Sir William Wright.
WITHIN minutes of the 'done deal' at Wrightbus, the man who took the Ballymena firm to global heights phoned the Ballymena Guardian, sister paper of The Chronicle, to voice his approval.
Sir William Wright's emotional first thoughts were for the workers who had helped make Wrightbus a byword for excellence and innovation in the world of public transport engineering.
He thanked staff who had sent bouquets of flowers and cards to him and his wife.
"What more could I ask from boys who were going to lose their jobs? I was truly moved by that gesture," he told Guardian Editor, Des Blackadder.
Sir William spoke of his confidence that many men would find work at 'what they do best' and added that there were many deals for Wrightbus products ready to happen.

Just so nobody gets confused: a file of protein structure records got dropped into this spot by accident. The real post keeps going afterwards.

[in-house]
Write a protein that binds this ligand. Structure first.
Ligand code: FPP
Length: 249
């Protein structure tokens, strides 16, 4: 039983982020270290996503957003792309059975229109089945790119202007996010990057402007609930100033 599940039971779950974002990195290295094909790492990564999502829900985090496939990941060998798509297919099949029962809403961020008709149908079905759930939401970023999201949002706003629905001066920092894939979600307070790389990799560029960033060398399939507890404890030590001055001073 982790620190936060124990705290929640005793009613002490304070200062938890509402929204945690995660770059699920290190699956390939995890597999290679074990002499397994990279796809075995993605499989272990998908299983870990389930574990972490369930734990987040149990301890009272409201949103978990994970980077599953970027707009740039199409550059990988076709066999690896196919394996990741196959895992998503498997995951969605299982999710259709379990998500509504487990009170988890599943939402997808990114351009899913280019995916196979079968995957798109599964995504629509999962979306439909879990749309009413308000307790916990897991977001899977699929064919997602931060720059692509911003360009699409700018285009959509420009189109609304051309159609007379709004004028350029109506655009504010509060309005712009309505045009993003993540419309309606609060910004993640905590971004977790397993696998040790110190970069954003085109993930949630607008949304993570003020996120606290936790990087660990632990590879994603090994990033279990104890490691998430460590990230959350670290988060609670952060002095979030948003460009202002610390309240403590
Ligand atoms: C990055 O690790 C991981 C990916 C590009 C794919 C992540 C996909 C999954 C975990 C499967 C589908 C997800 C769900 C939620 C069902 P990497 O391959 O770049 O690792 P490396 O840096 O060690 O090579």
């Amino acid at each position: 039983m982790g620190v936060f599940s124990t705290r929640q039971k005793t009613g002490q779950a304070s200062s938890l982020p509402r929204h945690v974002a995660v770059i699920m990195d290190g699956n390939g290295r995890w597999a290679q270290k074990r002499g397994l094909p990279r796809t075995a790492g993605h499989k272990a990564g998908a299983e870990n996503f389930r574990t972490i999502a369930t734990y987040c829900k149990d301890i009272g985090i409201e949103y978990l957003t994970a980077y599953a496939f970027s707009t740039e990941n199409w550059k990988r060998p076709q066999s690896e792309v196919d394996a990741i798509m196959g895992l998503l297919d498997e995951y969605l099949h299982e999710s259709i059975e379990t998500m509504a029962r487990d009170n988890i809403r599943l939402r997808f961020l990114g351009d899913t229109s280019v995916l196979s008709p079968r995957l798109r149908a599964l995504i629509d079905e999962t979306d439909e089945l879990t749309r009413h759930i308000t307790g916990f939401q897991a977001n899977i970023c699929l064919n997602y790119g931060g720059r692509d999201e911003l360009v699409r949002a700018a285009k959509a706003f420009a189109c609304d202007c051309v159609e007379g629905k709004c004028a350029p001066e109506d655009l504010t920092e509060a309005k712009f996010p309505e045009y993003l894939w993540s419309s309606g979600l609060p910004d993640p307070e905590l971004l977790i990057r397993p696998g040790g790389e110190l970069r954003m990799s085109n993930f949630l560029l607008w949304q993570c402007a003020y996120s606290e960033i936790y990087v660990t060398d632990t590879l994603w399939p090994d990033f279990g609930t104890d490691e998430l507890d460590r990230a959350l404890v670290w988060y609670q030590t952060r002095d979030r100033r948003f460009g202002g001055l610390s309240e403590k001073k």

"At this stage I am just grateful there has been a resolution and people can now move forward. I'm sure that Jo Bamford will be the right person to drive the business forward. It's been a trying time for the family and for my son but now we have a deal thatb should be welcomed as good news for everyone in Ballymena."
Sir William Wright's comments came as news emerged on Friday morning that a deal had been reached in principle for the sale of Wrightbus.
Bidder Jo Bamford said agreement had been reached with 'the Wright family for the Wrightbus factory and land.'
Mr Bamford, an English industrialist, wants to buy the Wrightbus business and the factory through his Ryse Hydrogen company.
Keep up to date with latest developments with The Chronicle via our website and social media channels and, of course, in Tuesday's newspaper.